Imagining the best possible future is one thing, but figuring out what to do to achieve that vision is another matter. In their book Lead from the Future: How to Turn Visionary Thinking Into Breakthrough Growth, Mark Johnson and Josh Suskewicz describe how future-back leaders use their capacity for learning, deep curiosity, and comfort with ambiguity to translate their vision into reality.
Unlike traditional strategic planning, which is highly data-driven and analytic, future-back planning is based on assumptions and questions. Future-back planning is a process of active learning and consists of three phases:
- Developing an inspiring and actionable vision
- Converting the vision into a clear strategy
- Implementing the strategy
As Dennis Gabor, Nobel laureate in Physics and inventor of holography, said, "The future cannot be predicted, but futures can be invented." Peter Drucker made a similar observation: "The best way to predict your future is to create it."
When we develop a vision, we paint a picture of the future. We envision the company's future state, purpose, and how it will grow its core, adjacent, and new products and services. The key is to stretch our thinking and provide enough detail to have clarity and alignment on what the organization must do to overcome future challenges. Johnson and Suskewicz remark that "this is your opportunity to design the ideal company of the future, irrespective - for now - of what it is today."
Once leaders have painted a vivid, exciting, and inspiring vision of the future, it is time to convert that vision to strategy. The process consists of developing a future state by quantifying the company's growth gap and identifying strategic opportunity areas. The next step is to "walk the future back," which means developing milestones along the path of reaching the vision. The final step is to establish the innovation and investment portfolios by balancing growth, risk, and return, and planning when to start, stop, and continue the portfolio initiatives.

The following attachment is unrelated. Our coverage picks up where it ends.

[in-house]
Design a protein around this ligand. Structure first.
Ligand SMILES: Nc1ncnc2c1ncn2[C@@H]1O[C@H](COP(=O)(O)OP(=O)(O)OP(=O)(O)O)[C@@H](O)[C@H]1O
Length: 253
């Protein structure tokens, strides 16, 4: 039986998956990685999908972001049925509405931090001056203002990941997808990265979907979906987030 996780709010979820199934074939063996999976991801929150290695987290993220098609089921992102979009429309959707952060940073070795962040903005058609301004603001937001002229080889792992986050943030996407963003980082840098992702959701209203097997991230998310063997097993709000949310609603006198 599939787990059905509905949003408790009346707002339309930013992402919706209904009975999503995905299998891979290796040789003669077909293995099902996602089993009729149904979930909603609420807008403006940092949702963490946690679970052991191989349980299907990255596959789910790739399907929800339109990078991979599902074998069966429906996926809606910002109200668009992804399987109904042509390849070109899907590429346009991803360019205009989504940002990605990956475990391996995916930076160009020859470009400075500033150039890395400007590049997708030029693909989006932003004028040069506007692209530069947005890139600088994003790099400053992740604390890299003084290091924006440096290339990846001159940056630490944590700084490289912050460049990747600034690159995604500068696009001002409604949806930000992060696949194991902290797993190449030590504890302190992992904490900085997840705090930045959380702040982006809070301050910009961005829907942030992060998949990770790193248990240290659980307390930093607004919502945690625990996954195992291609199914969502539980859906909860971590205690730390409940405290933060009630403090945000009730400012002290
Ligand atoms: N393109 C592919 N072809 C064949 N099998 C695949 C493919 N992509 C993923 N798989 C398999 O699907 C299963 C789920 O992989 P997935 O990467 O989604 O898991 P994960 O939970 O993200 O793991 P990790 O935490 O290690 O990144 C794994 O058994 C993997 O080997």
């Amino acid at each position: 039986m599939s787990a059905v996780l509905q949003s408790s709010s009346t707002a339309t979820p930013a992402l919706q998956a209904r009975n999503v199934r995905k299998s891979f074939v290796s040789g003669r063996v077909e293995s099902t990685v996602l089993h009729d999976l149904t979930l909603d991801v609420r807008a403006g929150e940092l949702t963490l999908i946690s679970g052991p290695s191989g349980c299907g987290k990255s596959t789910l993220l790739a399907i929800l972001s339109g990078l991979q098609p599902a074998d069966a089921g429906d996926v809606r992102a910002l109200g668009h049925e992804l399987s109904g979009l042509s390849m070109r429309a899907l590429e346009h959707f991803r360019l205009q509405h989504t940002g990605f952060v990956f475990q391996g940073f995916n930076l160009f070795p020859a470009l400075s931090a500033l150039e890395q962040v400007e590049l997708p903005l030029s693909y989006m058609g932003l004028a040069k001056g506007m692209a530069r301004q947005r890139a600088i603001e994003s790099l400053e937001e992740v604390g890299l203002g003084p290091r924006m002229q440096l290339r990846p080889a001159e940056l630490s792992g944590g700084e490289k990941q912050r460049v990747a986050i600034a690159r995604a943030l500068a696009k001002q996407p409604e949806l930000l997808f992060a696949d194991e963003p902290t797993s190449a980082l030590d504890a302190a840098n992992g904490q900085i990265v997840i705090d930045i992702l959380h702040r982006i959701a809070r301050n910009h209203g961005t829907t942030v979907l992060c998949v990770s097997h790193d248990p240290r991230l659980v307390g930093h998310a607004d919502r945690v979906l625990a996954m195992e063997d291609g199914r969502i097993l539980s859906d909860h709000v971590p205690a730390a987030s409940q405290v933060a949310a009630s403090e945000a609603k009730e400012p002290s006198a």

Present-forward strategies extrapolate existing processes, rules, and norms, increasing the chance of perpetuating the existing realities. In contrast, future-back strategies focus on the allocation or reallocation of scarce resources, helping companies to decide when to slow down, deprioritize, reshape, or shut down certain initiatives. Future-back strategies require different capabilities and a set of processes than traditional present-forward strategies.
The final phase of future-back planning is programing and implementing the visionary strategy developed in phase two. It is essential to test and adjust the strategies constantly along the way. The process never ends. Johnson and Suskewicz contend that "future-back needs to become an organizational capability, led at the top, and permanently embedded in leadership mindsets, strategic planning processes, and organizational culture."
Visionary organizations and their future-back leaders communicate the vision consistently inside and outside the organization. They make sure that employees understand the vision and know how to contribute. Visionary organizations prioritize continual learning, reward innovative thinking, and streamline approvals for test-and-learn initiatives.
Johnson and Suskewicz argue that "business as usual is no longer sustainable." Organizations need clear visions for their intended future to allow their employees to anticipate and take advantage of breakthrough growth opportunities and not risk becoming irrelevant. The authors conclude by saying: "In the future, the organizations that lead and succeed will be the ones that never stop learning."